When I provided testimony at the FDA in support of the application for approval of the vaccine Provenge®, I had the opportunity of meeting some of the representatives of the biotech company Antigenics (AGEN). Since I am also a renal cancer survivor they initially approached me asking if I would be willing to meet them back in New York. I am always interested in meeting people in the industry.
Upon our return to NYC, I went to their offices and met with the Public Relations Director and their President. They explained their vaccine does differ significantly from Provenge®. Instead of using blood products to construct their vaccine, Oncophage®, they utilize the surgically removed tumor to create the vaccine.
At this time, as with Dendreon (the biotech company that has developed Provenge®), their numbers were not yet up to the demands of the FDA.
Even though it has been 11 years in development the Oncophage product has not yet won approval from the US Food and Drug Administration (FDA). The Phase III trial, completed in 2006 did not show sufficient efficacy when the entire sample population was analyzed. However, the Russian regulators approved the drug on the basis of a subset of that Phase III data, relating to patients with less advanced cancer who demonstrated a more effective response to the treatment.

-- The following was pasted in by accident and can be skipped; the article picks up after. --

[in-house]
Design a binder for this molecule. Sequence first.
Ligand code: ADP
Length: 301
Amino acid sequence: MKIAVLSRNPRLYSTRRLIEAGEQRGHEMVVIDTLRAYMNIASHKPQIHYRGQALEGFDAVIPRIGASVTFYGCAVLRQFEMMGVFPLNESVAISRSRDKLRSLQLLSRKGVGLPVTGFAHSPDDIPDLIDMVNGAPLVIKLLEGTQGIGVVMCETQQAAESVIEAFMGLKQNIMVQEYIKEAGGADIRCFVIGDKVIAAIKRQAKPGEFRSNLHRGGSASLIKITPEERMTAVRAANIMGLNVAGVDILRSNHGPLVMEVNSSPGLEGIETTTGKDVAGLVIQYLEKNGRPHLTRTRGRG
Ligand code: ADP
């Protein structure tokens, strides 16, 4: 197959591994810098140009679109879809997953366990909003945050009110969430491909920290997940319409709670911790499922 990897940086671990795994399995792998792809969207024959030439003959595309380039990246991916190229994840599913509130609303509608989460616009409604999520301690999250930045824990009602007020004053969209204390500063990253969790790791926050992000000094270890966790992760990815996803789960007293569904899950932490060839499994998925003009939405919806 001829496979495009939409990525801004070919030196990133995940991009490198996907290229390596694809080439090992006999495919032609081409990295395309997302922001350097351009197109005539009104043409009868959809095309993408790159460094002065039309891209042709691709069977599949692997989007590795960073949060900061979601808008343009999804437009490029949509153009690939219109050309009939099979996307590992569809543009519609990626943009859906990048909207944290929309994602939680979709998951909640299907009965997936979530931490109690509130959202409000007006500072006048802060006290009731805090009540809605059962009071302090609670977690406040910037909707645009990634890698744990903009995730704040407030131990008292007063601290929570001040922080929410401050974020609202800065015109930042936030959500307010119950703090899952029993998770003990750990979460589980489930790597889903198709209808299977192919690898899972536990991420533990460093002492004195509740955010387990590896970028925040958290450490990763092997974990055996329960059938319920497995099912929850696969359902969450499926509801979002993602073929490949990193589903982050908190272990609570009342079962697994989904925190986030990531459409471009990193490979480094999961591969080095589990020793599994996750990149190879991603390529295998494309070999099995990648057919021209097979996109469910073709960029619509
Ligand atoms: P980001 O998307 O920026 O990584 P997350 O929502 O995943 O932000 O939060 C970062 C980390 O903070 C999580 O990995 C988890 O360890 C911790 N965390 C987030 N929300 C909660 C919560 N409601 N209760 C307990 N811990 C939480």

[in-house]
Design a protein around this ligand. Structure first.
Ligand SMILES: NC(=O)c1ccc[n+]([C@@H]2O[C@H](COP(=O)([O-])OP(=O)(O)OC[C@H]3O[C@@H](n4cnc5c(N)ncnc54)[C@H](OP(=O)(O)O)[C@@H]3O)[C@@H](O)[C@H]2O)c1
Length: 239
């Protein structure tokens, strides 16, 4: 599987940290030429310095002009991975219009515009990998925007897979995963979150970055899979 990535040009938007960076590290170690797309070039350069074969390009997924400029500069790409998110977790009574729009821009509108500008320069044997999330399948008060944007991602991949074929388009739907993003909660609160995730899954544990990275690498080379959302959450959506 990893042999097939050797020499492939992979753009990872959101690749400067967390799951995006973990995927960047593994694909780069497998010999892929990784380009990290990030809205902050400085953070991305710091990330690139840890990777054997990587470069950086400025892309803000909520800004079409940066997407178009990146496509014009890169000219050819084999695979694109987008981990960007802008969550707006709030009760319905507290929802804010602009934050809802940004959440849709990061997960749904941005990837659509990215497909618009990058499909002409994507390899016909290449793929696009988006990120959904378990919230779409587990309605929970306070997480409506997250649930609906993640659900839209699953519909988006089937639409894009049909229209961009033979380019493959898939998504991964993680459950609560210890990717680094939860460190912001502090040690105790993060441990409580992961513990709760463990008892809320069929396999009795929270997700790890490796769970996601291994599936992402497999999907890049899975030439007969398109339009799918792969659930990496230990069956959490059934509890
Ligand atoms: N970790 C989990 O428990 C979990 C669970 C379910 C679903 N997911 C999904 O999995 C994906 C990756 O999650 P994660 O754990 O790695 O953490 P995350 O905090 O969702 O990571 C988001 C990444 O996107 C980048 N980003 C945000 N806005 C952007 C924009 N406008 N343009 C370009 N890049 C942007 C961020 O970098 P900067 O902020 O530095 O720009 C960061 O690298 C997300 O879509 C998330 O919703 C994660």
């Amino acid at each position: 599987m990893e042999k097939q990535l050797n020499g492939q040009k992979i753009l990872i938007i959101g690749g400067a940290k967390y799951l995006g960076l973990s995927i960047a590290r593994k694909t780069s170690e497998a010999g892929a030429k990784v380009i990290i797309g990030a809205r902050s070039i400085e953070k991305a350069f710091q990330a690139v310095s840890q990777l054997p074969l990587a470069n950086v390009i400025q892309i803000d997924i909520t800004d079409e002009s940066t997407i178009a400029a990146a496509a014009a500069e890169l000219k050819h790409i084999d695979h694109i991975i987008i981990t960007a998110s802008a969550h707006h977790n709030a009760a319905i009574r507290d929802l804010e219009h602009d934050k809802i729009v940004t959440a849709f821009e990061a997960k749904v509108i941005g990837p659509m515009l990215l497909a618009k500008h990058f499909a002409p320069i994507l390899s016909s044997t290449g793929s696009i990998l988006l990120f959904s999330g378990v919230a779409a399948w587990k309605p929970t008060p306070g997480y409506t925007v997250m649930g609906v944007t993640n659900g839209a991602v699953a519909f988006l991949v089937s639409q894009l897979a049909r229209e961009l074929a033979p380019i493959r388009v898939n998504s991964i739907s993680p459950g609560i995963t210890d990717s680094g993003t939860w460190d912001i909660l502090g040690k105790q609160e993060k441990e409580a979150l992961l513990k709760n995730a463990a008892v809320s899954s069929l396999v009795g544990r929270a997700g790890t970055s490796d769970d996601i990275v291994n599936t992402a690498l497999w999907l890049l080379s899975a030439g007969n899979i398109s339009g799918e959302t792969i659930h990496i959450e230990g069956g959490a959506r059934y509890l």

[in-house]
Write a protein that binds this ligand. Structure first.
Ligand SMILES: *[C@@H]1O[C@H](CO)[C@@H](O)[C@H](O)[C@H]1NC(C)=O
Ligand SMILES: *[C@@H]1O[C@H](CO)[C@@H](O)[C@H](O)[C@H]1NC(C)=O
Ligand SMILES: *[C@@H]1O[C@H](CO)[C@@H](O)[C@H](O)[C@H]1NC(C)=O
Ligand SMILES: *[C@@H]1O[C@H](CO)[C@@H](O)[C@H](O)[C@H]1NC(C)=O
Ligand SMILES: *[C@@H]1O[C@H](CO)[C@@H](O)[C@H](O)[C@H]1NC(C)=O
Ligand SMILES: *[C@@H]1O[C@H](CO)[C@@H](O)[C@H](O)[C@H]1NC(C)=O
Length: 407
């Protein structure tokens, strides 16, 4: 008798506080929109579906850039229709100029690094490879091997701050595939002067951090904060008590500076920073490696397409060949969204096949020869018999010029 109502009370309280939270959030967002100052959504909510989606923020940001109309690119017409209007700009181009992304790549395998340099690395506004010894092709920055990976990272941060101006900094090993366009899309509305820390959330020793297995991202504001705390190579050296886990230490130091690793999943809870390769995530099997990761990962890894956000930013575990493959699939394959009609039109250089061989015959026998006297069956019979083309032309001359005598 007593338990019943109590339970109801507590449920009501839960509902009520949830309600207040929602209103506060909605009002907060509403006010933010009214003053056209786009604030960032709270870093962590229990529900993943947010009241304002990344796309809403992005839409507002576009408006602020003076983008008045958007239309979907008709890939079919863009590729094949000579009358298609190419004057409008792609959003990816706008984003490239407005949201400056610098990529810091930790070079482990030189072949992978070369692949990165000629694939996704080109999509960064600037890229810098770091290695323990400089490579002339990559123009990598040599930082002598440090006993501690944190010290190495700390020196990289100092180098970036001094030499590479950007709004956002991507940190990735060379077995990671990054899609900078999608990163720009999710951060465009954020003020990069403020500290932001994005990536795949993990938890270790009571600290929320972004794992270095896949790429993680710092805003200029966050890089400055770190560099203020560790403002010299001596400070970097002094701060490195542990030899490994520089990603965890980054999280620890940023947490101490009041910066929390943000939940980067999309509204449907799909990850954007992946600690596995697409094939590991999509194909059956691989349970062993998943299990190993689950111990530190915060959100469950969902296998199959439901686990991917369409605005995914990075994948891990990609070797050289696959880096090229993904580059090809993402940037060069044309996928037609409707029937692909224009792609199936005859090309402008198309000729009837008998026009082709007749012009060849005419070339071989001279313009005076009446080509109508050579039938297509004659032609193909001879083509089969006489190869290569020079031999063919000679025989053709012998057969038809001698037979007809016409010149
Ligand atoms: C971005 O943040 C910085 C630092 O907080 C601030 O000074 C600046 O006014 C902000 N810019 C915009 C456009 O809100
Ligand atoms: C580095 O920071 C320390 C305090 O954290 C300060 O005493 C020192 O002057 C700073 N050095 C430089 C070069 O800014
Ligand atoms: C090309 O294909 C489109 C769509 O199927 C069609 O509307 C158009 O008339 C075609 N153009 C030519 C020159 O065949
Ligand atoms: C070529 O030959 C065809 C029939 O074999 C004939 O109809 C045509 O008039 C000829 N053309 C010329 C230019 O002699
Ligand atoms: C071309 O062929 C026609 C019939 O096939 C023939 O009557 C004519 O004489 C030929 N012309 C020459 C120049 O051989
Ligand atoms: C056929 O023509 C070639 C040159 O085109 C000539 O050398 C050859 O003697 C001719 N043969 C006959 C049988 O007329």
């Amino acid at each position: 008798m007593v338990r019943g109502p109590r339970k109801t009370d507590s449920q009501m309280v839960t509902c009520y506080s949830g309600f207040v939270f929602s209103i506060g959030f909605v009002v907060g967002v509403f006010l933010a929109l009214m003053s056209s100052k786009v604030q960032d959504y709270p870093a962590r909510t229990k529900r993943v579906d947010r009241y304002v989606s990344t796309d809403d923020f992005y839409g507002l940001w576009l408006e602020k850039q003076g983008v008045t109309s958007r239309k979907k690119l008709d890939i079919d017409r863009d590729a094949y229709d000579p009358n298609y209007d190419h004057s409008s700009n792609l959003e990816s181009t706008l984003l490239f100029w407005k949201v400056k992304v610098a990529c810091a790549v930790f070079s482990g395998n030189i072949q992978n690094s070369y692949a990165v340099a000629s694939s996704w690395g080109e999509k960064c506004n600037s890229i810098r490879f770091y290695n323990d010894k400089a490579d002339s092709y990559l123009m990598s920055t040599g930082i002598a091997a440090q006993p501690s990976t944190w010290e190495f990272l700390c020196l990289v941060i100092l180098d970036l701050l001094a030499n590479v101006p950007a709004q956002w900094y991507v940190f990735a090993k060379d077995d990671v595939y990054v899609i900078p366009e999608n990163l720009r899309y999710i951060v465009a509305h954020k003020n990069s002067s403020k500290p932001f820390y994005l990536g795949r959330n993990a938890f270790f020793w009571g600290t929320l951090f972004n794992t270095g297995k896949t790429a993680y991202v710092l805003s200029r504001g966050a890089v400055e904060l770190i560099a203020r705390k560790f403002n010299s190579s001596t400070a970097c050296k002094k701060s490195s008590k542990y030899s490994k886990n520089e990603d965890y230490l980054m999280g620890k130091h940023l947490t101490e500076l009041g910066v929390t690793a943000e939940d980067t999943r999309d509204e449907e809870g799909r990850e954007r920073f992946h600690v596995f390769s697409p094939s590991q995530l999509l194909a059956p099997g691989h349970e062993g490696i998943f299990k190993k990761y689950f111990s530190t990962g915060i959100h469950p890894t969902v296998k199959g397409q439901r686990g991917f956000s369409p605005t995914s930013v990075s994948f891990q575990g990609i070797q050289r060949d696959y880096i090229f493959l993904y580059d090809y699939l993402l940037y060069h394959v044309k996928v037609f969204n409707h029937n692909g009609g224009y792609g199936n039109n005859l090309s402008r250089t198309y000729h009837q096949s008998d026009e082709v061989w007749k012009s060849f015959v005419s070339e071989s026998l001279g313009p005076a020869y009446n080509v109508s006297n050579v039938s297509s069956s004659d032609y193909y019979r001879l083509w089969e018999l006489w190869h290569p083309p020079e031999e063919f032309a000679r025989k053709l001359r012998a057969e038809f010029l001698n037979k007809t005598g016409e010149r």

This situation highlights a huge challenge that most cancer vaccines have not yet figured how how to deal with in the United States. Vaccines are designed to generate an immune response that will make the body’s own defenses turn on tumor cells. The problem is that cancer patients who enter the clinical trials have reached the advanced stages of disease when the toll of the cancer itself, and the various treatments used to treat it, has damaged their immune systems irreparably.
Dendreon elected to continue their phase III trials in the United St